Does Mother's Autonomy within the Household Matter for Child Education in India?

Dhiman Das, National University of Singapore

In this paper, I examine the effect of mothers’s autonomy within the household on child educational inputs and school participation. Several studies have found that, mother’s autonomy in household decision making, plays an important role in child welfare, particularly in health. Using data from the nationally representative India Human Development Survey (2004-05), I examine whether such an explanation also extends to the case of educational inputs and outcomes. Using a measure of autonomy, which brings together the sources, settings and evidences of power, I find that mother’s autonomy plays an important role in time allocation, but its effect on educational expenditure is limited to younger children. Further, as autonomy rise, mother’s autonomy is found to be related to increased work participation among older children, though the effect disappears at higher level of autonomy. I also find an independent effect of mother’s education on child educational outcome.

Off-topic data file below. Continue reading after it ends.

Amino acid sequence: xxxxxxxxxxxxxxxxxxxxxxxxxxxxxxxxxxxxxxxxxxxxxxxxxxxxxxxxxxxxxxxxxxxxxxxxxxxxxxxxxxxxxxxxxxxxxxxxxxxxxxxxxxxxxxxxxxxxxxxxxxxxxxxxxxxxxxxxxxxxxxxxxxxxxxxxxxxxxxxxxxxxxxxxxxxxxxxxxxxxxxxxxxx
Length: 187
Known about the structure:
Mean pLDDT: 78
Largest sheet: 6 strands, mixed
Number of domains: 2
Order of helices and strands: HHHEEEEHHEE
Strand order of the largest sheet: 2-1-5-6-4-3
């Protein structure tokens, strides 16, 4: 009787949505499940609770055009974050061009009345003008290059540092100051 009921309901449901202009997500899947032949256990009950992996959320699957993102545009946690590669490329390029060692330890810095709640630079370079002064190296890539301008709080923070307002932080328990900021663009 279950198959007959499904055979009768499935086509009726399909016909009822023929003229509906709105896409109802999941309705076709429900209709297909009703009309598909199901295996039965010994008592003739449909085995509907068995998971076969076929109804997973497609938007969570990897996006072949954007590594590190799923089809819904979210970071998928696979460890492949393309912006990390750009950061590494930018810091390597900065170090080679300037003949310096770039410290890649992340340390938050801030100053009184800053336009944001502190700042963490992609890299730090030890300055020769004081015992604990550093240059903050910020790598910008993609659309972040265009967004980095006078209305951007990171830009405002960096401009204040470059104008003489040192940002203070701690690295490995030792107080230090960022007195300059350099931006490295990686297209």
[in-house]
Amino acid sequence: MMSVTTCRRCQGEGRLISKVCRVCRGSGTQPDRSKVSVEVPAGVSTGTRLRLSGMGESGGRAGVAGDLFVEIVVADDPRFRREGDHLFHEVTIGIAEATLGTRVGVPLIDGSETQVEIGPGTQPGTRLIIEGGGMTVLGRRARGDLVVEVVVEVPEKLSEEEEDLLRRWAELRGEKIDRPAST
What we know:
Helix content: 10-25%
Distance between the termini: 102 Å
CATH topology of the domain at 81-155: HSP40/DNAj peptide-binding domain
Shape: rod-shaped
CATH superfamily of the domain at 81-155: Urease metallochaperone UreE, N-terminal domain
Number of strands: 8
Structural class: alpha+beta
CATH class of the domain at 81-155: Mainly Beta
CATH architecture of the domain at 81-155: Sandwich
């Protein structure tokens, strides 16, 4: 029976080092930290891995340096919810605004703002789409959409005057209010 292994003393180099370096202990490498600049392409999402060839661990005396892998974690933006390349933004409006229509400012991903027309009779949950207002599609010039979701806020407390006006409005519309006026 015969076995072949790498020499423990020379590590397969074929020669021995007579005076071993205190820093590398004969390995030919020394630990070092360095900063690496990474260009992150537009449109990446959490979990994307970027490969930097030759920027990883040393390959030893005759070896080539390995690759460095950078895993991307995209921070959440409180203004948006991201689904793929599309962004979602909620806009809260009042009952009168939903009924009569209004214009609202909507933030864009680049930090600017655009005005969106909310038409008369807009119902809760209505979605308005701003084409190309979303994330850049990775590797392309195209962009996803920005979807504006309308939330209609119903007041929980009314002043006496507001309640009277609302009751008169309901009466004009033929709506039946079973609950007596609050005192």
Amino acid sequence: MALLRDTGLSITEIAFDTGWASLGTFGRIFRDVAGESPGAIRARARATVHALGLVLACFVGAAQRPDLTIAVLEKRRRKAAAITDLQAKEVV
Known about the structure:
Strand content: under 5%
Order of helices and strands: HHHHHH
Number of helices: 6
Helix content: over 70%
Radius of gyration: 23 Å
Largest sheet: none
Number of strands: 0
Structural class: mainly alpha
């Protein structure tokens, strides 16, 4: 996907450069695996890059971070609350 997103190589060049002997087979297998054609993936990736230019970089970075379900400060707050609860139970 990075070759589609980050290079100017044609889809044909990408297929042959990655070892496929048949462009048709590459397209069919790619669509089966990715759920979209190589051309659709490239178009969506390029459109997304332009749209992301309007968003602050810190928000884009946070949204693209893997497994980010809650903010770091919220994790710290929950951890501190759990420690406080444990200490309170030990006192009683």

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 Presented in Session P4. Children and Youth/Population and Aging